Genome sequencing reveals the potential of anindigenous arsenotrophic bacterium; Achromobacter sp. KAs 3-5 for sub-surface arsenic mobilization and strategies for bioremediation

  1. Balaram Mohapatra1,
  2. Avishek Dutta2,
  3. Abhishek Gupta1,
  4. Sufia Khannam Kazy3,
  5. Pinaki Sar1*

Authors Affiliation(s)

  • 1Department of Biotechnology, Indian Institute of Technology (IIT), Kharagpur, INDIA
  • 2School of Biosciences, Indian Institute of Technology (IIT), Kharagpur, INDIA
  • 3Department of Biotechnology, National Institute of Technology (NIT), Durgapur, INDIA

Can J Biotech, Volume 1, Special Issue-Supplement, Page 271, DOI:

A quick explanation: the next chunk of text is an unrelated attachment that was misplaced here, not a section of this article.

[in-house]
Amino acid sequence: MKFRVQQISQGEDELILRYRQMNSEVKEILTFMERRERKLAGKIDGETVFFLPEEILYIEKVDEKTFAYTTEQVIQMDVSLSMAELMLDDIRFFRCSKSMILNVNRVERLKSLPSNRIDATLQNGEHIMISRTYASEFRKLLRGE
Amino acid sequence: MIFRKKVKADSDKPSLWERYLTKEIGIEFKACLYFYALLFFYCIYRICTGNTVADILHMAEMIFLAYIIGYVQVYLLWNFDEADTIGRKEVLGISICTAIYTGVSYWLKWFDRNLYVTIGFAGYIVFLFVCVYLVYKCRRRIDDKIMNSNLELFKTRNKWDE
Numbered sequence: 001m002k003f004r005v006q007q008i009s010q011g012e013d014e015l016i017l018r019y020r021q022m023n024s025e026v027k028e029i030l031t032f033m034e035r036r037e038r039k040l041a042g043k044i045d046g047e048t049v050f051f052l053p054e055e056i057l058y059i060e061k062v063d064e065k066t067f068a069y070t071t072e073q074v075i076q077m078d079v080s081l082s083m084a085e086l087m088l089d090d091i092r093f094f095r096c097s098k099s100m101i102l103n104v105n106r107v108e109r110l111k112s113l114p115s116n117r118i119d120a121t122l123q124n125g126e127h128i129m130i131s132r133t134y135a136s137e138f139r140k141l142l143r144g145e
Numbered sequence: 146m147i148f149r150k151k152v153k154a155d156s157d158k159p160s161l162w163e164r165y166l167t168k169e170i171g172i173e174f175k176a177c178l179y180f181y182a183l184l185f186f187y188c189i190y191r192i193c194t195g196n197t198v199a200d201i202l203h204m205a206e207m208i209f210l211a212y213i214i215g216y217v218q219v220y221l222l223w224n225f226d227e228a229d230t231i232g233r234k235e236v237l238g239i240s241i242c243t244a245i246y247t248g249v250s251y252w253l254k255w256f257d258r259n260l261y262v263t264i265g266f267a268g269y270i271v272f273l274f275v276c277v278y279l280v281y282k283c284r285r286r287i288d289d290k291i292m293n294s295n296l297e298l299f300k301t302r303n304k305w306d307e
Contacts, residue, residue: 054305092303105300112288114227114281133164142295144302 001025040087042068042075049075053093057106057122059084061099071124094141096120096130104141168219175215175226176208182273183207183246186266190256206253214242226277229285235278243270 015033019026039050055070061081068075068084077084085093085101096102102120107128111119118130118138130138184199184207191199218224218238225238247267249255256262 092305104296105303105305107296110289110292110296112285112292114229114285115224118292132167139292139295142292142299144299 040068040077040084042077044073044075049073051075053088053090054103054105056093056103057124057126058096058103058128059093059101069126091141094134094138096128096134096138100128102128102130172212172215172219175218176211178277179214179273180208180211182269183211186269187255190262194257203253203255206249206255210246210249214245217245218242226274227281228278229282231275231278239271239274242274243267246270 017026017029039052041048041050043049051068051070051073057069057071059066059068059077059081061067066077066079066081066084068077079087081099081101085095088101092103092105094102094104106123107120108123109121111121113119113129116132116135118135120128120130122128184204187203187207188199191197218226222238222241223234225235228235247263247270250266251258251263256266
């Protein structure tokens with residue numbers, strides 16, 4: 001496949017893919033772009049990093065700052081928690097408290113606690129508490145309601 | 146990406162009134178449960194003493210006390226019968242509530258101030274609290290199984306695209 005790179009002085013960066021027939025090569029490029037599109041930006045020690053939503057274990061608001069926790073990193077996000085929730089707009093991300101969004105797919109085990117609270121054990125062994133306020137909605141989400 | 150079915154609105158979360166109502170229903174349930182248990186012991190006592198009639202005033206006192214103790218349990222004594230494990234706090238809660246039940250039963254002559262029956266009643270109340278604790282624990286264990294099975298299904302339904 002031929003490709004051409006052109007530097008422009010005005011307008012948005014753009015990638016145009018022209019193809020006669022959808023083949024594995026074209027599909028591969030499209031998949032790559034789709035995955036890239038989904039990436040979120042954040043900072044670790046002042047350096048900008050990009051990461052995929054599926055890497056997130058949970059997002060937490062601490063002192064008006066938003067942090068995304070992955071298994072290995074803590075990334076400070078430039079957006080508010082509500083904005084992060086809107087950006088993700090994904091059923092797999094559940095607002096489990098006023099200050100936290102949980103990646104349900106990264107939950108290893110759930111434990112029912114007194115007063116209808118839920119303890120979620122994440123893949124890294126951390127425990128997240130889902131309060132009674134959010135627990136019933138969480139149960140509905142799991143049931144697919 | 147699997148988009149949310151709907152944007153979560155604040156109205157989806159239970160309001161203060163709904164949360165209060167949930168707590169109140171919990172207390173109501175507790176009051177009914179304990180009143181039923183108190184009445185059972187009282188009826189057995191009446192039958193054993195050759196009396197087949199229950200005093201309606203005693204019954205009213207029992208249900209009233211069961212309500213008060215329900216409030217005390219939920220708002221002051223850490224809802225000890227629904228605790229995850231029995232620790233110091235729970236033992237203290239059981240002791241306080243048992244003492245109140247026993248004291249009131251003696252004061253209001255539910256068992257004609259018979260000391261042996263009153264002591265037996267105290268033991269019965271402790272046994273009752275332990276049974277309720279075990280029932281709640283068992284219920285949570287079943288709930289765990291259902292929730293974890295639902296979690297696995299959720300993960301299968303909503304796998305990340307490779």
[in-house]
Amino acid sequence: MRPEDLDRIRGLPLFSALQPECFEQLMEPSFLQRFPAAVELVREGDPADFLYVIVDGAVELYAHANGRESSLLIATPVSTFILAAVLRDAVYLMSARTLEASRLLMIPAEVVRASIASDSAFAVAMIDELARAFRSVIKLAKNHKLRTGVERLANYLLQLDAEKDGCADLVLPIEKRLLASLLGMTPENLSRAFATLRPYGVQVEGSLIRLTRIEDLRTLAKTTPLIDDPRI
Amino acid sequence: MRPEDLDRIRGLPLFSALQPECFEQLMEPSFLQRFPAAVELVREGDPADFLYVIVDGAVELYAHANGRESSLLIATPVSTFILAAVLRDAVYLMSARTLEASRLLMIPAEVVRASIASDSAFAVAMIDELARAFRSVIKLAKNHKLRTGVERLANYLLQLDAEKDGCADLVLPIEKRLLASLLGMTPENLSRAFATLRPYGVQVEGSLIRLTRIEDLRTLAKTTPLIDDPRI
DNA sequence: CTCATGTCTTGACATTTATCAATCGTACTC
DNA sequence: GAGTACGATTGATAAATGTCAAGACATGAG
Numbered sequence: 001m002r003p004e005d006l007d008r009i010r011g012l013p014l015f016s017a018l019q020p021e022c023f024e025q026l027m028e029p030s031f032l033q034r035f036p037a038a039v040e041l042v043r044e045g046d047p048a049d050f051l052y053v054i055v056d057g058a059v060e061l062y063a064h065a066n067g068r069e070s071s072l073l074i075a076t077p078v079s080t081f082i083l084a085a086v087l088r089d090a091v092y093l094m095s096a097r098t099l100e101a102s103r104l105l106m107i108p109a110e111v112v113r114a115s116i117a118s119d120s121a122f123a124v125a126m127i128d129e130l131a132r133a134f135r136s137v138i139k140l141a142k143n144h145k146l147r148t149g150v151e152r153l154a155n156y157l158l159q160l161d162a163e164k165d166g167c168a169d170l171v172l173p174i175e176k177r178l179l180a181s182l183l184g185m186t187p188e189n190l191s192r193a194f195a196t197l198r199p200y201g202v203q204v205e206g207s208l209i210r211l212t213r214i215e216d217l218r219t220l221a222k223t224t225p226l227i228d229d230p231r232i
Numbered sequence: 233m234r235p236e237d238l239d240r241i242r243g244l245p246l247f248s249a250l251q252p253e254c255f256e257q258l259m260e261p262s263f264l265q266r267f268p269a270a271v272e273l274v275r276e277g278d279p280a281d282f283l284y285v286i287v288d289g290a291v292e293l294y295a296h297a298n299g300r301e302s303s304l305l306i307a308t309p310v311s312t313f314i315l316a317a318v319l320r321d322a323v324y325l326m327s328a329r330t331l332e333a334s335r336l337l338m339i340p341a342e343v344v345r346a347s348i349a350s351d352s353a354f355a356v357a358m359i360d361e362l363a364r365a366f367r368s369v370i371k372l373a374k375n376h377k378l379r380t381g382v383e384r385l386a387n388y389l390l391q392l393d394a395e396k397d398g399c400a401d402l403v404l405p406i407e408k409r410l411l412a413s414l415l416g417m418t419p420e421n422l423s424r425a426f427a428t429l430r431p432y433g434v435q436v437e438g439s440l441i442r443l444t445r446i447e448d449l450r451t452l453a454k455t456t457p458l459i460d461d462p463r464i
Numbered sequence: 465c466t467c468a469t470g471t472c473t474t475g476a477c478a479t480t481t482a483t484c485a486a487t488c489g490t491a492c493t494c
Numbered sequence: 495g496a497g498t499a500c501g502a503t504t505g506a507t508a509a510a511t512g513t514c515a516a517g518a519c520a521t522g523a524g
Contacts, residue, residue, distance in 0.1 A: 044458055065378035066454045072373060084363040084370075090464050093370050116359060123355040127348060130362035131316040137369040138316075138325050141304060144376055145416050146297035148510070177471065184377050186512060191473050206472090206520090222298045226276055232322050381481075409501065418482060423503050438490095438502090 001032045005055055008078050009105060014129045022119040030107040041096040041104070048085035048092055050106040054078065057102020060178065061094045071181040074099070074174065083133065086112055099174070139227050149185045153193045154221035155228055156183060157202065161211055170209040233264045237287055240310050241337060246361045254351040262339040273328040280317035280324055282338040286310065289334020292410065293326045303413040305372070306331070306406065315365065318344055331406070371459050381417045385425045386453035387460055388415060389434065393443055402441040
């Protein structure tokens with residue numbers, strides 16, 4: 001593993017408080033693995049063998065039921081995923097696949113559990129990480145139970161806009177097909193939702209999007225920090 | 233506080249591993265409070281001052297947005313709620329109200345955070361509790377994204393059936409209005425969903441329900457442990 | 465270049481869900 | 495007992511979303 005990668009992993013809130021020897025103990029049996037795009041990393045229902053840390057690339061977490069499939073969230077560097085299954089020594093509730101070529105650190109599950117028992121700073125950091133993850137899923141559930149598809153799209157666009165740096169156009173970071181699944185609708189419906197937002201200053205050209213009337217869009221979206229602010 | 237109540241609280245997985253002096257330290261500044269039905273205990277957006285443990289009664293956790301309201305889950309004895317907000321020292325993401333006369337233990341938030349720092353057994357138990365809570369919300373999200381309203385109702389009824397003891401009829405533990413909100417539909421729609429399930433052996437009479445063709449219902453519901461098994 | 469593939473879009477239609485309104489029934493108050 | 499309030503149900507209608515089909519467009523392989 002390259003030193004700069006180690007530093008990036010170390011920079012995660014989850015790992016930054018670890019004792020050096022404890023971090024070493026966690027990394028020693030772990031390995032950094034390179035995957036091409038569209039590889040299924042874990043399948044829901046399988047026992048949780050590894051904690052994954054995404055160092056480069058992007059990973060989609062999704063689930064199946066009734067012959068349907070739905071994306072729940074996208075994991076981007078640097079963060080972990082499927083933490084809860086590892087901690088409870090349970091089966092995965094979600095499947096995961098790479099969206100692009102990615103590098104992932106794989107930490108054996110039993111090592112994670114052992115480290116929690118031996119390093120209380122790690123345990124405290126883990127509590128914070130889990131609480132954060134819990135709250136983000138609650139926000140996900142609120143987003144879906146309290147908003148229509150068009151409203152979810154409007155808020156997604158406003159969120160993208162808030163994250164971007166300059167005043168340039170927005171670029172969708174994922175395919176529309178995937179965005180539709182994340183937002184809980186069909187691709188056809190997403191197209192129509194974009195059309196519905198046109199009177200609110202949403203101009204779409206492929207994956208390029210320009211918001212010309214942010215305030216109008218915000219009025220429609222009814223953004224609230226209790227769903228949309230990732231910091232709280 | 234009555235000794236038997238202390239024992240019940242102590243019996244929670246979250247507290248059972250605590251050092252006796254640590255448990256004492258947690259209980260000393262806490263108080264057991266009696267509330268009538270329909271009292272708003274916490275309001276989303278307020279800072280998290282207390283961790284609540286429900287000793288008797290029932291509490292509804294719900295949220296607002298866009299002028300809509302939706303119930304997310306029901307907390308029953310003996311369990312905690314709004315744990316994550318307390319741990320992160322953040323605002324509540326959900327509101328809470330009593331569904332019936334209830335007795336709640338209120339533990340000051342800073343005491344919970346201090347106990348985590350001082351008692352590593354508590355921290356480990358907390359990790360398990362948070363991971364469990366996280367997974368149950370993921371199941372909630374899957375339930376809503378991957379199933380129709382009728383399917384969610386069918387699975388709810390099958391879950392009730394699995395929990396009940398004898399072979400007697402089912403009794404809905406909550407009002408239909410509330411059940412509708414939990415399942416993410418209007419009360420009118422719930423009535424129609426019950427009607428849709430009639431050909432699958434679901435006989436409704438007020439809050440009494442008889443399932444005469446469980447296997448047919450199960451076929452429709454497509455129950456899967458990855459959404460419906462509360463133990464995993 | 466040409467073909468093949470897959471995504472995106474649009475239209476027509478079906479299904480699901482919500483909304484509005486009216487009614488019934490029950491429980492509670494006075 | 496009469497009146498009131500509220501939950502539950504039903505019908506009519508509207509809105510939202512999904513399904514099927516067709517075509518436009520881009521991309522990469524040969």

Prevalence of toxic arsenic (As) oxyanion species in oligotrophic groundwater of south-east Asiatic regions (India and Bangladesh) has threatened the health of millions of people. As-transforming bacteria alter the mobility, speciation and bioavailability of As in the aquifer ecosystem, hence play important roles in the biogeochemical cycling of As. Till date, only 19 cultivable As-transforming bacterial strains have been reported but with no description on their detail genomic and physiological perspective of As homeostasis. In this study, the draft genome (5.7 Mbp) of an As-transforming, aromatic hydrocarbon utilizing and iron disproportioning indigenous groundwater bacterium KAs 3-5 has been obtained by Ion-Torrent sequencing revealed 65% genomic GC content, 5100 protein coding genes, and taxonomic affiliation to the members of genus Achromobacter, with >85% of genomic completeness. Phylogenomic signatures like MLST of 10 house-keeping genes, cut-off of <95% of average nucleotide/amino acid identity (ANI/OrthoANI/AAI), <0.99 of tetra-nucleotide correlations, and <70% value of DNA-DNA homology with nearest phylogenetic neighbors exhibited its species distinctiveness among all the described Achromobacter sp. members. Pan-genomic analysis confirmed the strain’s potential to adapt wide array of environmental stresses with a higher abundance of unique genes for metabolism of amino acids, polyketide, xenobiotics, nitroso compounds, aromatic hydrocarbons and most necessarily complete operon cluster for As-resistance/transformation/detoxification, as well as genes for transport, and signal transduction mechanisms. The genome analysis also highlighted its genetic determinants for loss of functions for antibiotic resistance, pathogenicity regulations, and gain of new/acquired functions for Fe-transport, fatty acids uptake-metabolism, motility, heavy metal (Cu-Zn-Co) metabolism and several putative/hypothetical proteins owing to its capacity to acquired desired traits through horizontal gene transfer events. The ability of the organism to metabolize mono-poly aromatics like benzene, toluene, naphthalene, anthracene, etc. (by catechol, homogentisate pathways) coupled to As reduction (through arsHBC, arsC, ACR3) found to be well validated by genomic observations. X-ray absorption fine structure (XANES) also enabled us to decipher detailed Fe-based reductive As release process from sediment and its interaction. The obtained genome data provide us with a better understanding of sub-surface mechanisms of hydrocarbon (organic matter) driven As release, which may contribute to the future design of rational strategies for bioremediation of As/other heavy metal contaminated environments.